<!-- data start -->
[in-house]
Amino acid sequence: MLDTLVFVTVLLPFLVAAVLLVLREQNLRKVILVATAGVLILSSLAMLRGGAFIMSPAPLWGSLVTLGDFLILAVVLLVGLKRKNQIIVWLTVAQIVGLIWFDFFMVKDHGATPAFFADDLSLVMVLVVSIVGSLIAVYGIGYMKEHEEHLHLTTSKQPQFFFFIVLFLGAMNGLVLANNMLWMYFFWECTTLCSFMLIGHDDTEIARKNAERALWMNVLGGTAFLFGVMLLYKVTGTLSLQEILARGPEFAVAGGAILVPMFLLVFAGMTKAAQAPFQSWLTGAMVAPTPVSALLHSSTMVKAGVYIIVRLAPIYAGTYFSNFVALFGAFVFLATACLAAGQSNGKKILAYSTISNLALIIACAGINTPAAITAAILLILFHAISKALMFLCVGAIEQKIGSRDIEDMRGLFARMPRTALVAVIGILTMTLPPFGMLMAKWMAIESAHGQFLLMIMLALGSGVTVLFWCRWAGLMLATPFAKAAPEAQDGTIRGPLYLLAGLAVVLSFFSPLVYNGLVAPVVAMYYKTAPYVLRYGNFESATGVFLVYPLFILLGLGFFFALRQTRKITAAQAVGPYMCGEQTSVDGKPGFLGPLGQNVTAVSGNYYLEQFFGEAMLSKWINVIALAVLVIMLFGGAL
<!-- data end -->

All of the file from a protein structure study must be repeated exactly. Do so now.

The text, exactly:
[in-house]
Amino acid sequence: MLDTLVFVTVLLPFLVAAVLLVLREQNLRKVILVATAGVLILSSLAMLRGGAFIMSPAPLWGSLVTLGDFLILAVVLLVGLKRKNQIIVWLTVAQIVGLIWFDFFMVKDHGATPAFFADDLSLVMVLVVSIVGSLIAVYGIGYMKEHEEHLHLTTSKQPQFFFFIVLFLGAMNGLVLANNMLWMYFFWECTTLCSFMLIGHDDTEIARKNAERALWMNVLGGTAFLFGVMLLYKVTGTLSLQEILARGPEFAVAGGAILVPMFLLVFAGMTKAAQAPFQSWLTGAMVAPTPVSALLHSSTMVKAGVYIIVRLAPIYAGTYFSNFVALFGAFVFLATACLAAGQSNGKKILAYSTISNLALIIACAGINTPAAITAAILLILFHAISKALMFLCVGAIEQKIGSRDIEDMRGLFARMPRTALVAVIGILTMTLPPFGMLMAKWMAIESAHGQFLLMIMLALGSGVTVLFWCRWAGLMLATPFAKAAPEAQDGTIRGPLYLLAGLAVVLSFFSPLVYNGLVAPVVAMYYKTAPYVLRYGNFESATGVFLVYPLFILLGLGFFFALRQTRKITAAQAVGPYMCGEQTSVDGKPGFLGPLGQNVTAVSGNYYLEQFFGEAMLSKWINVIALAVLVIMLFGGAL